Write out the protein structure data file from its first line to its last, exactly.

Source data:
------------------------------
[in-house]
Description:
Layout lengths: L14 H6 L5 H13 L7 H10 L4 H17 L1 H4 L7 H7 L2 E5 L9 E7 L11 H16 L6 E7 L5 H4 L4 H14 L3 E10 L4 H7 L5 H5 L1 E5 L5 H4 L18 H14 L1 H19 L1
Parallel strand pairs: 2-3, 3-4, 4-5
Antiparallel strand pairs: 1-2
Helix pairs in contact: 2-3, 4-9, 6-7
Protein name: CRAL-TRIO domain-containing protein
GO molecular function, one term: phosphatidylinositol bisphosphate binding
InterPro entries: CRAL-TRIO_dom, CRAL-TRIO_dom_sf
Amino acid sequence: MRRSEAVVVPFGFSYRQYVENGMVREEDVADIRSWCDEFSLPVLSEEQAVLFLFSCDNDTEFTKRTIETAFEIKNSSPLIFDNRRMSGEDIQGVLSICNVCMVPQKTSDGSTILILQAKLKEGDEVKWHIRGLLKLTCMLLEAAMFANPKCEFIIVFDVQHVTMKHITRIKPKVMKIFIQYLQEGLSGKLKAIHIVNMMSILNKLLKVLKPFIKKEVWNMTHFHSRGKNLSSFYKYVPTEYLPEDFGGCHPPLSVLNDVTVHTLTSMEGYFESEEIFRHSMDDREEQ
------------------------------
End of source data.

[in-house]
Description:
Layout lengths: L14 H6 L5 H13 L7 H10 L4 H17 L1 H4 L7 H7 L2 E5 L9 E7 L11 H16 L6 E7 L5 H4 L4 H14 L3 E10 L4 H7 L5 H5 L1 E5 L5 H4 L18 H14 L1 H19 L1
Parallel strand pairs: 2-3, 3-4, 4-5
Antiparallel strand pairs: 1-2
Helix pairs in contact: 2-3, 4-9, 6-7
Protein name: CRAL-TRIO domain-containing protein
GO molecular function, one term: phosphatidylinositol bisphosphate binding
InterPro entries: CRAL-TRIO_dom, CRAL-TRIO_dom_sf
Amino acid sequence: MRRSEAVVVPFGFSYRQYVENGMVREEDVADIRSWCDEFSLPVLSEEQAVLFLFSCDNDTEFTKRTIETAFEIKNSSPLIFDNRRMSGEDIQGVLSICNVCMVPQKTSDGSTILILQAKLKEGDEVKWHIRGLLKLTCMLLEAAMFANPKCEFIIVFDVQHVTMKHITRIKPKVMKIFIQYLQEGLSGKLKAIHIVNMMSILNKLLKVLKPFIKKEVWNMTHFHSRGKNLSSFYKYVPTEYLPEDFGGCHPPLSVLNDVTVHTLTSMEGYFESEEIFRHSMDDREEQ